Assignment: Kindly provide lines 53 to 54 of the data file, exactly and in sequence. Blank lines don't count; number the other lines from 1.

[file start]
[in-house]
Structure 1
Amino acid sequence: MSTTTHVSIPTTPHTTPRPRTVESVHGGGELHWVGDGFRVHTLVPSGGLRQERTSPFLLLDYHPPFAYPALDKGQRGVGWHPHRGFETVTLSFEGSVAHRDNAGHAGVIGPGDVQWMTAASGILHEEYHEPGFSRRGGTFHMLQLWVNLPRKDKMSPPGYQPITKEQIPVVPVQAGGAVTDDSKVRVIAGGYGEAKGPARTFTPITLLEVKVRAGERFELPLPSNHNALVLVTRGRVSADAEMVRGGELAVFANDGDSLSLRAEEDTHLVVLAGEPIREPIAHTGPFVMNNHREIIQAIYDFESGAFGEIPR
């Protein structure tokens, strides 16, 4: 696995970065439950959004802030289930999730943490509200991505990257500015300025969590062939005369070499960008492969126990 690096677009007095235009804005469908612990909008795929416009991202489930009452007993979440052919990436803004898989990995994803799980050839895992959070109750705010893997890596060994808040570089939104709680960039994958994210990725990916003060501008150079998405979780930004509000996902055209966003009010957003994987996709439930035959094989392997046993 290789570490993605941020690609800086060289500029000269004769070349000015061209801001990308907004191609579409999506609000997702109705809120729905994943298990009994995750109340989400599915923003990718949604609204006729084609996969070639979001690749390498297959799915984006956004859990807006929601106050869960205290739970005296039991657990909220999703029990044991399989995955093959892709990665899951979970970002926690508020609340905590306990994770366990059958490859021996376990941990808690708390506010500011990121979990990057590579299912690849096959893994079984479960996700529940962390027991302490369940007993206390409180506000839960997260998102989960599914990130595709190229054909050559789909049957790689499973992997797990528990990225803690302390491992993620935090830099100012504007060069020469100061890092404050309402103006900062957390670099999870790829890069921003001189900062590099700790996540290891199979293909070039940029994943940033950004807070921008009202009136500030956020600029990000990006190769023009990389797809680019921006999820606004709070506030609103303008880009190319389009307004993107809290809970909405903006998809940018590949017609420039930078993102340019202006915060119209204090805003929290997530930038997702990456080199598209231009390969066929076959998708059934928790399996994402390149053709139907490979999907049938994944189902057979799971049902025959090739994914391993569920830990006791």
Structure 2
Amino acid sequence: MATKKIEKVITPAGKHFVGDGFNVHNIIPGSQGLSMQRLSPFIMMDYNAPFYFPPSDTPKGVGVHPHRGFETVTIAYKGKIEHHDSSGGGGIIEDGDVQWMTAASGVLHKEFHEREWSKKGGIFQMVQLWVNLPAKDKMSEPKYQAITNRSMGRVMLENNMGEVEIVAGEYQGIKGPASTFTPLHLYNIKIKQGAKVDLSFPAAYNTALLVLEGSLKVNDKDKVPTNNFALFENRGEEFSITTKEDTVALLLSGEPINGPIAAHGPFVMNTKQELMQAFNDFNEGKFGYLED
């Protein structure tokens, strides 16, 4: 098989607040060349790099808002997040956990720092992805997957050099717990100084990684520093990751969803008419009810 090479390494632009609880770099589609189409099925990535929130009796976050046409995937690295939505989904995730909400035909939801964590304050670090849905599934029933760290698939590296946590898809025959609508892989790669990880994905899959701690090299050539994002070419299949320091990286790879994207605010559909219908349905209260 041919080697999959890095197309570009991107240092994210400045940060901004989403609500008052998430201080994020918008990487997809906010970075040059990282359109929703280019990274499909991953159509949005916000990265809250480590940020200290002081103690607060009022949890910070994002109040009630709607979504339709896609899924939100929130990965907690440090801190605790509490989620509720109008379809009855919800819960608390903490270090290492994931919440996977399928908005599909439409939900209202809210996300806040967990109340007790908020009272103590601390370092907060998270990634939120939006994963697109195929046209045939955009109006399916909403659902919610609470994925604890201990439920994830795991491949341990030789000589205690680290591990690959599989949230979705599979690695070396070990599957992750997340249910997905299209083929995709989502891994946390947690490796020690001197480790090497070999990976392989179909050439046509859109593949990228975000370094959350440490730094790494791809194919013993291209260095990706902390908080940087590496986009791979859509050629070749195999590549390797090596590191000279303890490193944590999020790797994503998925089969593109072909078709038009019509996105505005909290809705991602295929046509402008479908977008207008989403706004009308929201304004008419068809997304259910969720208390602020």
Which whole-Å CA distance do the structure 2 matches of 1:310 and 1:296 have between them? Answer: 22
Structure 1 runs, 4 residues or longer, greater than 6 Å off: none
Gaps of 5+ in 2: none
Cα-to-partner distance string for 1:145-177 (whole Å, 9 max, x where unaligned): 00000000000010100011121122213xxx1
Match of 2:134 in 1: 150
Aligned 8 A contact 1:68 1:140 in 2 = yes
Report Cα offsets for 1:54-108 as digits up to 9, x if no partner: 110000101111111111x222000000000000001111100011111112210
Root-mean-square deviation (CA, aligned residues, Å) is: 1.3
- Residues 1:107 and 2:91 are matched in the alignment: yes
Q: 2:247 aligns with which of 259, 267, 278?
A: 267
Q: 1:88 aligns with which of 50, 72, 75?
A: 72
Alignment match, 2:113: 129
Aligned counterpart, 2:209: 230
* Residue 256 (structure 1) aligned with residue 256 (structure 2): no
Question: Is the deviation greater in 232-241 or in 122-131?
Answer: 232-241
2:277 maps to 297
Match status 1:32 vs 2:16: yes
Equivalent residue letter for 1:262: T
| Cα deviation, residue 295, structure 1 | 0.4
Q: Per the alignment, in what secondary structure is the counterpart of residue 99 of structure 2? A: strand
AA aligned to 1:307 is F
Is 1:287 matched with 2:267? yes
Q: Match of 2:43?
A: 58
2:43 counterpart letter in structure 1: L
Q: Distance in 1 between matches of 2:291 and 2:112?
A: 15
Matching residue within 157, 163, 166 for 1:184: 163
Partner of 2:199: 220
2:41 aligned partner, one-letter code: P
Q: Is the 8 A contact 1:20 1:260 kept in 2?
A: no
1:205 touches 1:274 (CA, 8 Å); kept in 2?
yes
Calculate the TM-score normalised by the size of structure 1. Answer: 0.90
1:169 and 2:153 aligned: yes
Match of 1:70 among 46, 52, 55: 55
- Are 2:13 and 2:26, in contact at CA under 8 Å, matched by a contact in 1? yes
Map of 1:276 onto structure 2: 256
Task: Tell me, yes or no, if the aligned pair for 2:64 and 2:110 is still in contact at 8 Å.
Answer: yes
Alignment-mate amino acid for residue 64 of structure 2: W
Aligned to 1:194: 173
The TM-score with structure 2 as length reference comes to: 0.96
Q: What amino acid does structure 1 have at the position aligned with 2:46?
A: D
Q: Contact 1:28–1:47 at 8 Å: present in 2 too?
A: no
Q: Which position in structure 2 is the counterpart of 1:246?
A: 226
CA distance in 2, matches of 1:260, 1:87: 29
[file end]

Aligned to 1:194: 173
The TM-score with structure 2 as length reference comes to: 0.96